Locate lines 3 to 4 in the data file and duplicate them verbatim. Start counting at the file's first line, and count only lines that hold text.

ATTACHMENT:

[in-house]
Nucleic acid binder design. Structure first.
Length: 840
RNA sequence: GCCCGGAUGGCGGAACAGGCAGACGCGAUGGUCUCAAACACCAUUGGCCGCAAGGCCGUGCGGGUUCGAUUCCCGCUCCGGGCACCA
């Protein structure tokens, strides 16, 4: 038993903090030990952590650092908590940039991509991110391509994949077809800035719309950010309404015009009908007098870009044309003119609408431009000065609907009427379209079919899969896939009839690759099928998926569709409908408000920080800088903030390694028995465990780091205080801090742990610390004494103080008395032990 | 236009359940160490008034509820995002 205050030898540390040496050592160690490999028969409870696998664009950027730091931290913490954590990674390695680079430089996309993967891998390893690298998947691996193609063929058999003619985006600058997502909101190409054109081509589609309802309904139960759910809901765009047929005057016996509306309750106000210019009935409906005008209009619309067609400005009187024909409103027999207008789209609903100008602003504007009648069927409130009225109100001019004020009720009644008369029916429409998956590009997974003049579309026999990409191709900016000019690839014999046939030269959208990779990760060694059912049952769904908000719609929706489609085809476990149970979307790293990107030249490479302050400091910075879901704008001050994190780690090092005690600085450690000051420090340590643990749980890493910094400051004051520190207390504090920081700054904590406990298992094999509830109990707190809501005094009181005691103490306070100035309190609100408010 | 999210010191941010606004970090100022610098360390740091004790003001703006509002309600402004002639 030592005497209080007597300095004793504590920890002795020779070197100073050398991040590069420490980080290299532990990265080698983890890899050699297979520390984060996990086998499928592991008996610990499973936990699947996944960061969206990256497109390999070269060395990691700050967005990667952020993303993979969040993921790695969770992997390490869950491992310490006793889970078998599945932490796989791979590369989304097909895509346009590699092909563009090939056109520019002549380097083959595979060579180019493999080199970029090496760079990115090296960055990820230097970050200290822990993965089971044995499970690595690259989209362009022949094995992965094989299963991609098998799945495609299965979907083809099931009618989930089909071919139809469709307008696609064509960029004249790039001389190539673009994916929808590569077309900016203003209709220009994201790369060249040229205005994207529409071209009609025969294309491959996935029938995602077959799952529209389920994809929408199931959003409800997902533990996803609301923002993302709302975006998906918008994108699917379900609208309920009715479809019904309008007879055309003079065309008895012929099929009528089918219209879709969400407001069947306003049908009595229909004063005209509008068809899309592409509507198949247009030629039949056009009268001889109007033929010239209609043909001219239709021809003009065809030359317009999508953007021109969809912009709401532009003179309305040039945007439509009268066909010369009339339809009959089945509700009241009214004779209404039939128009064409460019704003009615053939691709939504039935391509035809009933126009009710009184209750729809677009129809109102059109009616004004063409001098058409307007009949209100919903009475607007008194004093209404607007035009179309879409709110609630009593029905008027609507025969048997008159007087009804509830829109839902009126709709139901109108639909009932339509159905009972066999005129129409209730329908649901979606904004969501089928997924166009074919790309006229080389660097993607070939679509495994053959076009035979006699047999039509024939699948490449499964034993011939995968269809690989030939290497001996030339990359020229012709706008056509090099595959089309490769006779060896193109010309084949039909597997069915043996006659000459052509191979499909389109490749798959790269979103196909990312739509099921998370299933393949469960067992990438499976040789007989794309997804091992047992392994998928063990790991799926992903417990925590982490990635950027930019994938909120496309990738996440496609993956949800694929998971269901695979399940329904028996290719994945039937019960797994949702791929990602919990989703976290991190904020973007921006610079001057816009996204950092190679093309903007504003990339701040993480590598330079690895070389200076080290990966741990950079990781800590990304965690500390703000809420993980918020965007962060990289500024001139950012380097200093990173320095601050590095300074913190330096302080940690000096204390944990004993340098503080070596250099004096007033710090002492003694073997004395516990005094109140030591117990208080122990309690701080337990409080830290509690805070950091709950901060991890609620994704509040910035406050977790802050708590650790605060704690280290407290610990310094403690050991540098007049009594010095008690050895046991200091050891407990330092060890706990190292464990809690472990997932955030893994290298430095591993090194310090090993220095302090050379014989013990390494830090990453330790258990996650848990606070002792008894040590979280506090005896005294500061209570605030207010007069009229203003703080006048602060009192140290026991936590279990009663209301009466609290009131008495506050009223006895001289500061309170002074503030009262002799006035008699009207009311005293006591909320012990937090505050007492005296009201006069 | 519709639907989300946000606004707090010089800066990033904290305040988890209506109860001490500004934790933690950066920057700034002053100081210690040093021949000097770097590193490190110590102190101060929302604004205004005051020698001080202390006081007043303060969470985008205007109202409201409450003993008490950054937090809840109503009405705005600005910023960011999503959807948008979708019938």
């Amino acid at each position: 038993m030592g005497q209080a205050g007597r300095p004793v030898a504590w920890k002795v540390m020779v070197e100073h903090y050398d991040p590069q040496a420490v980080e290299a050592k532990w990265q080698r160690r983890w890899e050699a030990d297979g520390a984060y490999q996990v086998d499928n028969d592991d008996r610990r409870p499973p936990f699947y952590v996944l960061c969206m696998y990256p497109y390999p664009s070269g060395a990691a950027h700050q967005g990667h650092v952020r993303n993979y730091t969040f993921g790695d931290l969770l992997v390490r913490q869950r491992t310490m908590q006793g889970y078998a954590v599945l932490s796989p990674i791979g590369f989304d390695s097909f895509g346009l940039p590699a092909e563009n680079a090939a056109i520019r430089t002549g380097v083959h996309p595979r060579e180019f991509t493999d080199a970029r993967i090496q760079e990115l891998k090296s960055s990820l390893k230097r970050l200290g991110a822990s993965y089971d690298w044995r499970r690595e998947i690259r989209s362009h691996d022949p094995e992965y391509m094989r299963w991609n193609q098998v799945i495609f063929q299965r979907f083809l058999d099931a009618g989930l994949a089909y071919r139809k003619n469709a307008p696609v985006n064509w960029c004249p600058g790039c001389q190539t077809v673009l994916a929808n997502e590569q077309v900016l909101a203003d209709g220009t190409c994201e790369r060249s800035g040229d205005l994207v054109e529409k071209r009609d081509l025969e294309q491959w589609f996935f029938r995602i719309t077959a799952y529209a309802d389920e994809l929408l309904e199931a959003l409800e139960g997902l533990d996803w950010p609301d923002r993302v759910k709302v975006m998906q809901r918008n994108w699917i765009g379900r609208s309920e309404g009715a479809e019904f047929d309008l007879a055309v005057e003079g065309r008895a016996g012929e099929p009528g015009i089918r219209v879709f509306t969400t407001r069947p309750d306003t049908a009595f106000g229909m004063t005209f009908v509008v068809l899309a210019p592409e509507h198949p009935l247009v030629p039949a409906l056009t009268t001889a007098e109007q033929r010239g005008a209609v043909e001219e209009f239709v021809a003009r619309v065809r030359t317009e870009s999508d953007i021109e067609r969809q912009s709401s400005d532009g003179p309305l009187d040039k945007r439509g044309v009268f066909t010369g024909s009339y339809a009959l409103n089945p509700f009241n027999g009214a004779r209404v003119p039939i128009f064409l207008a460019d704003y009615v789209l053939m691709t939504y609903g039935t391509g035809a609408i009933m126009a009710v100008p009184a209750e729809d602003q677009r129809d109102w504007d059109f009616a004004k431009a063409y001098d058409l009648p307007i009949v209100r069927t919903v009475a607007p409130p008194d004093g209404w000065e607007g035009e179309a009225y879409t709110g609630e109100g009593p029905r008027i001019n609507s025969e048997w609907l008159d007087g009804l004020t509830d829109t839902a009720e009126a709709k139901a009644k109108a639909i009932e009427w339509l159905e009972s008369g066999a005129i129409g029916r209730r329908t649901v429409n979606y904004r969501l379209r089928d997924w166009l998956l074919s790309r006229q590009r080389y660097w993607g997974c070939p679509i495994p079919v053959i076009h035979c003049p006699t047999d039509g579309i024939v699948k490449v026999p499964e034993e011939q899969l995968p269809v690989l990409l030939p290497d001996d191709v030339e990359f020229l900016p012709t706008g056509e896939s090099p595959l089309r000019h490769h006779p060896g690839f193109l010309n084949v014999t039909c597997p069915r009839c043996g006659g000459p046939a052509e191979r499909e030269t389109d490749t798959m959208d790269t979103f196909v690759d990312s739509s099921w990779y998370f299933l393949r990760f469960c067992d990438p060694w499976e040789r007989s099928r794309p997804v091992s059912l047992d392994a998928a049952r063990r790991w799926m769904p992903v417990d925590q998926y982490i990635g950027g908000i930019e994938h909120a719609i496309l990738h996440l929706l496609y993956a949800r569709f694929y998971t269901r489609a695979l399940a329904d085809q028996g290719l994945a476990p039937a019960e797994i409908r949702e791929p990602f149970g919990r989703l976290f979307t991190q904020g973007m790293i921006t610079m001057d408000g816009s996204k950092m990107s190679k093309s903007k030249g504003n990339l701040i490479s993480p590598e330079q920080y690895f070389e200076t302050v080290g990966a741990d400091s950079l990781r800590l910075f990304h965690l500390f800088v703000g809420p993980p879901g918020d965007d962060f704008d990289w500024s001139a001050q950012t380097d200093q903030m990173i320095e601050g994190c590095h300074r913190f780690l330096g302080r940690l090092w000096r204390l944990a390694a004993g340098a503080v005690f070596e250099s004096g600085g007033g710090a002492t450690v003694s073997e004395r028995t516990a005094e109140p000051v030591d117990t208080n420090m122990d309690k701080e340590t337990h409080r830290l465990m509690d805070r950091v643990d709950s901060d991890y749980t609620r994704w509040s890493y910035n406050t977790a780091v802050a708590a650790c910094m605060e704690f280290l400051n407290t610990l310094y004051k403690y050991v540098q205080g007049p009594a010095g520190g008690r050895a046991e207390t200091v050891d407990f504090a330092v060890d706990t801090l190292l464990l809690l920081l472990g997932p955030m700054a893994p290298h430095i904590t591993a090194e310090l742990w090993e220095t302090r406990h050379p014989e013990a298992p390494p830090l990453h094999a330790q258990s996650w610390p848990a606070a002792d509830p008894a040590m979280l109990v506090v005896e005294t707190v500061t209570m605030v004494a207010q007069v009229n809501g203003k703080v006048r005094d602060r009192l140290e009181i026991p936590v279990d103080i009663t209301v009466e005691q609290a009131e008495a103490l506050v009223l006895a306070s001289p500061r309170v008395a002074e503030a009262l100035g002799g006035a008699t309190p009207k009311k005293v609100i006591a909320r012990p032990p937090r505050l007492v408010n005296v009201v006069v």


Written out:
Length: 840
RNA sequence: GCCCGGAUGGCGGAACAGGCAGACGCGAUGGUCUCAAACACCAUUGGCCGCAAGGCCGUGCGGGUUCGAUUCCCGCUCCGGGCACCA